In the last school year, more than 111,000 New York City students experienced homelessness – including nearly 33,000 who lived in city shelters and roughly 73,000 who “doubled up” in temporary housing situations, according to a new report from the education nonprofit Advocates for Children of New York. And even before the pandemic, those students – 85% of whom are Black or Hispanic – faced obstacles to education.
But since the city moved to remote and hybrid learning since last spring, those obstacles have only increased. Students living in shelters or temporary housing face a lack of reliable internet access – or lack access altogether. In October, the Daily News reported that some students who have missed too many remote learning classes have been threatened with calls to child services for so-called “remote truancy.”
In response to that reporting, New York City Mayor Bill de Blasio announced in late October that the city would prioritize the buildout of WiFi in homeless shelters – an initiative that isn’t scheduled to be completed until this summer. By that point, some New York City students could be going on more than a year without reliable access to education, assuming remote learning remains in effect for the rest of the school year.
While the city Department of Education has touted its efforts to distribute hundreds of thousands of data-enabled iPads to students – supposedly forgoing the need for a strong hard-wired internet connection – these connections have proved unreliable for some users.
The Legal Aid Society last week filed suit against the city over the lack of details and timeline of the city’s plan. The suit asks a judge to force the city to ensure all family shelters have WiFi by Jan. 4, 2021.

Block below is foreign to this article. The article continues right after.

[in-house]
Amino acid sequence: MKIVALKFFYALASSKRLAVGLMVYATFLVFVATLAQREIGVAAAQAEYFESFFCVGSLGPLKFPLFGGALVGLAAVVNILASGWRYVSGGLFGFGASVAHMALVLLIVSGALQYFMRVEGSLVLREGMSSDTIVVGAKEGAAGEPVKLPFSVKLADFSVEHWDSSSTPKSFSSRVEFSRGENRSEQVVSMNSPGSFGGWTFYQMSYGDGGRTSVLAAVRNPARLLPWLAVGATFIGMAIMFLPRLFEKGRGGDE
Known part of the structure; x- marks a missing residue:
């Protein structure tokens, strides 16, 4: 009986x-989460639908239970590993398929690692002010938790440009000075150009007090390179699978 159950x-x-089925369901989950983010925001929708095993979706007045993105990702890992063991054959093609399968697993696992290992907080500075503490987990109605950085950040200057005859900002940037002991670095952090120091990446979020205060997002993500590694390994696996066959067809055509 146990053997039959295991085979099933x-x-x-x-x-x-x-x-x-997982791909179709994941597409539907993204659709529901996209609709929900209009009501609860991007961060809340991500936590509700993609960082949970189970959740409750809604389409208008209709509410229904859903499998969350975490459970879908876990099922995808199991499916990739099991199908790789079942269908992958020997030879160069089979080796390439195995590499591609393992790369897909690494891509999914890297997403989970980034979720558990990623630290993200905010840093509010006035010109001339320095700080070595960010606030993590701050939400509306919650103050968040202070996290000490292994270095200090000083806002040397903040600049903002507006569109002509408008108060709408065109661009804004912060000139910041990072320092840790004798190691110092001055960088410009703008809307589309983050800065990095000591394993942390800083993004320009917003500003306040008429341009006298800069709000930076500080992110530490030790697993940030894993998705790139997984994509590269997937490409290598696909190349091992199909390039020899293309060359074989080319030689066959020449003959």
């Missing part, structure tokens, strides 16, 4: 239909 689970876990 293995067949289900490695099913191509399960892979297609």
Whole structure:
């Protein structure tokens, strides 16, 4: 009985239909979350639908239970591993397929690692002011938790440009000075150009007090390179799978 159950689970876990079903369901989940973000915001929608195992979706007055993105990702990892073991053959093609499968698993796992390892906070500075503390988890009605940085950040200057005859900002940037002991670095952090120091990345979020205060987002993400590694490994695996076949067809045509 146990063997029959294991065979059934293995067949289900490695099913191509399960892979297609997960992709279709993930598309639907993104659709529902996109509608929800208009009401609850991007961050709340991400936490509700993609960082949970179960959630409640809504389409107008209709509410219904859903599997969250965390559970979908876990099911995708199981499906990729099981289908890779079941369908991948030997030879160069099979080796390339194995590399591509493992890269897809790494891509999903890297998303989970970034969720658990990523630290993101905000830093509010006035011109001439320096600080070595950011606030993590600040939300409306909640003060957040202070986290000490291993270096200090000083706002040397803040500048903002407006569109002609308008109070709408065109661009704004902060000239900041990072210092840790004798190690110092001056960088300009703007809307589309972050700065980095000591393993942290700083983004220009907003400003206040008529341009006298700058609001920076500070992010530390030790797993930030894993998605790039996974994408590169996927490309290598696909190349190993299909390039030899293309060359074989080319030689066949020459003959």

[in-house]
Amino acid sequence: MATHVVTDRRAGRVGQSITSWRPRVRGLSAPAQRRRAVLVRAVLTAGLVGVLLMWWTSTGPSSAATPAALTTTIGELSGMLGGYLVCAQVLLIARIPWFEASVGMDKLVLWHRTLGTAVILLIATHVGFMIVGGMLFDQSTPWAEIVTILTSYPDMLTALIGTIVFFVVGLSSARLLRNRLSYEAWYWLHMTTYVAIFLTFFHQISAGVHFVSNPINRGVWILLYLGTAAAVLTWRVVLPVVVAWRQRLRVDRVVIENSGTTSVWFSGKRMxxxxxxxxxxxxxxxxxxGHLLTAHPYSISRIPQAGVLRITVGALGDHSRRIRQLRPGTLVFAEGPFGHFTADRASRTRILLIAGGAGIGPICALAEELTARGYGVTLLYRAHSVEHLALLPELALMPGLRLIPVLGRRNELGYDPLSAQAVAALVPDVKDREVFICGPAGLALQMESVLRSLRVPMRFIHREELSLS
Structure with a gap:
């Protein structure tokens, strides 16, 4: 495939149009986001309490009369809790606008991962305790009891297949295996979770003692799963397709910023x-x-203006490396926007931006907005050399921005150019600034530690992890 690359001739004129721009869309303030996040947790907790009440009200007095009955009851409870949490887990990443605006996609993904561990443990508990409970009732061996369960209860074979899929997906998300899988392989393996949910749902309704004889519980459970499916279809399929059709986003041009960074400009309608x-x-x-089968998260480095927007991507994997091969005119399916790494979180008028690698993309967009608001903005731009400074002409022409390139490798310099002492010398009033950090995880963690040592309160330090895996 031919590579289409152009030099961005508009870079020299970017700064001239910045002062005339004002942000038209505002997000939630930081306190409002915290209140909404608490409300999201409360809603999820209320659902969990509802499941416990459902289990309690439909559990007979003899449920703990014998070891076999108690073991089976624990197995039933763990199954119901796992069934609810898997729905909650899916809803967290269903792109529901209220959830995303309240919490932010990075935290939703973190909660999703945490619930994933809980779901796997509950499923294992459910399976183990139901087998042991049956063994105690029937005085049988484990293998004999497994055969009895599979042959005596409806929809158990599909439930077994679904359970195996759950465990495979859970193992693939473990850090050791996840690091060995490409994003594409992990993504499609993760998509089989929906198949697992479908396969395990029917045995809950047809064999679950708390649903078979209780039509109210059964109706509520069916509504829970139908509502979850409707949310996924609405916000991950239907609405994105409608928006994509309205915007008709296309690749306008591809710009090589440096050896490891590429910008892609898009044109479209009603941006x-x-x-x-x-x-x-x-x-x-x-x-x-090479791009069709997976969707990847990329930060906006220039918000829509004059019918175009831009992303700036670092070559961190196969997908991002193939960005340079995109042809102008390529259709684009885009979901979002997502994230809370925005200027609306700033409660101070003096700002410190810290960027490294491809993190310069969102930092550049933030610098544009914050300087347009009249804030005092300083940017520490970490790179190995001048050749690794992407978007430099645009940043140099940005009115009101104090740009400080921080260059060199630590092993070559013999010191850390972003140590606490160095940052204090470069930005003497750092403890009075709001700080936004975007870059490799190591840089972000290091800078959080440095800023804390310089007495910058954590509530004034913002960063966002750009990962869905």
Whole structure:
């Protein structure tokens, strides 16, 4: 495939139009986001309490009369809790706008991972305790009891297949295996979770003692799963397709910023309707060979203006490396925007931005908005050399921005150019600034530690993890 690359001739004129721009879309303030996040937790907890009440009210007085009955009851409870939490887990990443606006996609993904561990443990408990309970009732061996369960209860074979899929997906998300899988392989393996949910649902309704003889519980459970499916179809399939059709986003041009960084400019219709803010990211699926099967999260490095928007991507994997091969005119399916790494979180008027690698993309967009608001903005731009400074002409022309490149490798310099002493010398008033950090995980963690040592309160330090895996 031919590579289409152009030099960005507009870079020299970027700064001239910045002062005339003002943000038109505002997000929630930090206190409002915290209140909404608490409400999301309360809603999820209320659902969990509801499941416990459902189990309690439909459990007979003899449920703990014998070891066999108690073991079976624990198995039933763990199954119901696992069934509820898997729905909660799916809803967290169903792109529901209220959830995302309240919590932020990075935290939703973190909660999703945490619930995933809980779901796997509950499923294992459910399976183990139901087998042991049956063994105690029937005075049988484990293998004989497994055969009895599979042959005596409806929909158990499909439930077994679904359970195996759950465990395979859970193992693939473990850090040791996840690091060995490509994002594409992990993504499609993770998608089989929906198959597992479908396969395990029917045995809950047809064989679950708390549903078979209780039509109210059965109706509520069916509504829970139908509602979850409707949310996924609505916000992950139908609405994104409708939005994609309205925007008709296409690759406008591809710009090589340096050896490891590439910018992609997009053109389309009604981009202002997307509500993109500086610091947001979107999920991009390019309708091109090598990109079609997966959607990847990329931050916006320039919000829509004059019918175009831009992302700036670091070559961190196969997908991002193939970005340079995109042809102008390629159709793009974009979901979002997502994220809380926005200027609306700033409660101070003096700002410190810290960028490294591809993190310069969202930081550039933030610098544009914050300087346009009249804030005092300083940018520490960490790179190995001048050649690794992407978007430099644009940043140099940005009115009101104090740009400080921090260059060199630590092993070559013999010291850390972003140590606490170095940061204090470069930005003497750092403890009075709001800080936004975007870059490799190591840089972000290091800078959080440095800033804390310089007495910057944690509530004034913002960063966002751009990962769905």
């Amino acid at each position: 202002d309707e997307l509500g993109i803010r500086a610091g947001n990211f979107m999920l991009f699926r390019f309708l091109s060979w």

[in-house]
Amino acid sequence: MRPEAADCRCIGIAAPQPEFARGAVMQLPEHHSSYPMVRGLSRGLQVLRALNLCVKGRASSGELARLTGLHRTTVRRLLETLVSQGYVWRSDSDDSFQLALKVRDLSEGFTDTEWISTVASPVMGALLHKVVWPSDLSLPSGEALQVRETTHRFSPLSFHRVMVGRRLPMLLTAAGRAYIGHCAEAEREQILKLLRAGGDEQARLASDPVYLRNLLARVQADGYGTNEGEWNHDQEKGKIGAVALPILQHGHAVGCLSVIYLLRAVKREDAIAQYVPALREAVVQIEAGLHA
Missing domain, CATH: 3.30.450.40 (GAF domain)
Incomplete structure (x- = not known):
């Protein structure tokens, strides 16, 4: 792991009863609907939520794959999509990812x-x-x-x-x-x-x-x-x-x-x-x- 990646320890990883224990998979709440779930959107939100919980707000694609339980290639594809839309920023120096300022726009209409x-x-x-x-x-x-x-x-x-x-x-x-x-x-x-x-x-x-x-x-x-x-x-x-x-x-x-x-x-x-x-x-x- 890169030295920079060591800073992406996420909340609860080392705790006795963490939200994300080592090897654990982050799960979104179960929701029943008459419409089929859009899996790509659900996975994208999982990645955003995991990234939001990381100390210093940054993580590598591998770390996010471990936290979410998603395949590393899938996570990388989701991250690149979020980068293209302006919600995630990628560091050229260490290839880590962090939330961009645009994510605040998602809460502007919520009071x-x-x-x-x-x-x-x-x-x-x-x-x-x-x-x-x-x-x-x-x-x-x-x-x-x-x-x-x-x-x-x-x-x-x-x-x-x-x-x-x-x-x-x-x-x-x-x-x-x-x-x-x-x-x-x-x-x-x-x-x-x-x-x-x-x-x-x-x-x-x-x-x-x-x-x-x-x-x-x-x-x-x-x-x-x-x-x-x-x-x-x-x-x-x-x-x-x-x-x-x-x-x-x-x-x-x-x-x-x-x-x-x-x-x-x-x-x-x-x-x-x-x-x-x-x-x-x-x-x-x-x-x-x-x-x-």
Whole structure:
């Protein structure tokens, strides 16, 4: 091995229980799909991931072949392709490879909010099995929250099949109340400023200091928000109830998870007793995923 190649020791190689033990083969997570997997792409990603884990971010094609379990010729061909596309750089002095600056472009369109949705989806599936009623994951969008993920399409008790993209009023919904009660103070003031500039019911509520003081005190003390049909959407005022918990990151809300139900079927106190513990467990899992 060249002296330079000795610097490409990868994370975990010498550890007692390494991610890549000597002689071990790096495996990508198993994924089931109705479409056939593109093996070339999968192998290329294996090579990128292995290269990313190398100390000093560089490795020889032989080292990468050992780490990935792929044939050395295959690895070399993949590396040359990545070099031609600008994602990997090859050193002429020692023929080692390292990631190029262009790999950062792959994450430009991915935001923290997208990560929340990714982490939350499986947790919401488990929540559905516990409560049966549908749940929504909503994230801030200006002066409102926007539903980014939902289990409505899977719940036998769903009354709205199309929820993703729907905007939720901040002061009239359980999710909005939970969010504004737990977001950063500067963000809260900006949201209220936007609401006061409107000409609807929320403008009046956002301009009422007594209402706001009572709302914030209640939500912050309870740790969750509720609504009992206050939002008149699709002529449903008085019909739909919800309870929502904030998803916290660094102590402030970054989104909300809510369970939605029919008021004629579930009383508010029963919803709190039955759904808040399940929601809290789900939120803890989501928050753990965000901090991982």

A spokesperson for the city’s Law Department said that they are taking other short-term steps to ensure access, including continuing to provide LTE-enabled iPads – though these devices have proven imperfect, too. “Equipping our most vulnerable students with the resources they need to participate in remote learning is our top priority, and we are addressing any immediate connectivity needs by providing LTE-enabled iPads to students at shelters and providing on-site tech assistance to get them connected quickly,” spokesperson Nick Paolucci said in an emailed statement. “We’re also working aggressively on a longer-term plan to provide internet access.”
In its report, Advocates for Children of New York detailed a number of recommendations to help students access the education they’re entitled to, including offering full-time in-person instruction for students who are homeless and whose families want that option. To tackle the technological issues facing remote learners, a faster buildout of WiFi and additional support services are needed, the report said.
“Learning from home is much harder when you don’t have a permanent home,” Kim Sweet, executive director of Advocates for Children, said in a statement. “The city must ensure that every student who is homeless has the technology and support they need during this period of remote and hybrid learning.”
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